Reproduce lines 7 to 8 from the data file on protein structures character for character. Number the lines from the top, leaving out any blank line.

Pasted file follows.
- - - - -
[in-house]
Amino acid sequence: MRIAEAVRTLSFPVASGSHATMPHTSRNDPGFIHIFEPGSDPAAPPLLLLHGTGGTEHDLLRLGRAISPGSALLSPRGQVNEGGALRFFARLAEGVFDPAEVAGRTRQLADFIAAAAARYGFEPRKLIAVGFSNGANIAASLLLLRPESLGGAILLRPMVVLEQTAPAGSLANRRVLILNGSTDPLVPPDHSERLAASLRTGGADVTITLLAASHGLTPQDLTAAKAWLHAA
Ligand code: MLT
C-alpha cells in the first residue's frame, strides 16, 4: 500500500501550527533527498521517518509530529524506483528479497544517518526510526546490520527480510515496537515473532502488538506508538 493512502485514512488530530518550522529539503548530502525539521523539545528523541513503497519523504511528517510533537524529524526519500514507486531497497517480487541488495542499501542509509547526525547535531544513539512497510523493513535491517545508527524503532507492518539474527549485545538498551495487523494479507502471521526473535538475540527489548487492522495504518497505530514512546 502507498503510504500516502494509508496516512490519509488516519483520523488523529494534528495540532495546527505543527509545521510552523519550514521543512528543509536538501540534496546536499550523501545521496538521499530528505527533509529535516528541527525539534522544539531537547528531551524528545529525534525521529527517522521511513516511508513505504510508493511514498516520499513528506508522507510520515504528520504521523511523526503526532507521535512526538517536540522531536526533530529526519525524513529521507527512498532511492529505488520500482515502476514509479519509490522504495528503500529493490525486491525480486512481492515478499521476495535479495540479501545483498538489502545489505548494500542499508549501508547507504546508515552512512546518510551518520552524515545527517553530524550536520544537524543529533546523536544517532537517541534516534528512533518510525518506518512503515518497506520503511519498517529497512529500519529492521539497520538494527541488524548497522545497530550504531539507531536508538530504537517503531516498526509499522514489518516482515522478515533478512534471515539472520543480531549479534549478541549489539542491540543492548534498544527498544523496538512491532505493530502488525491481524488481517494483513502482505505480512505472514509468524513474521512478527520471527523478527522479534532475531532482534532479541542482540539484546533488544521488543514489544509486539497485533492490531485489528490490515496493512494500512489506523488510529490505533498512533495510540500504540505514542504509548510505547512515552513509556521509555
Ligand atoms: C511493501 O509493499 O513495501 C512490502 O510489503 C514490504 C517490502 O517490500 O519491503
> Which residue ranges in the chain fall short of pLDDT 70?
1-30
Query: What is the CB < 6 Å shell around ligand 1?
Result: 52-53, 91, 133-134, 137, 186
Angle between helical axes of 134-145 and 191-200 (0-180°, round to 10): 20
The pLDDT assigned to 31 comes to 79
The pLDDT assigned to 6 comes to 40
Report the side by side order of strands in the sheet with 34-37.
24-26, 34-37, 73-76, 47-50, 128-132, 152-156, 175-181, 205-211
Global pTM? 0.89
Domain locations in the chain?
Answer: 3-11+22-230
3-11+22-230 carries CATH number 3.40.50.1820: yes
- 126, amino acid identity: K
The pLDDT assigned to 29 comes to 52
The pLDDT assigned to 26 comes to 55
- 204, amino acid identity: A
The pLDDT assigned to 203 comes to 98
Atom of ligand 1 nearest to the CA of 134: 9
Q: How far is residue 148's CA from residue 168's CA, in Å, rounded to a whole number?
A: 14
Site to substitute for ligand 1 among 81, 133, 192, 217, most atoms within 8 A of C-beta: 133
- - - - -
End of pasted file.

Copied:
1-30
Query: What is the CB < 6 Å shell around ligand 1?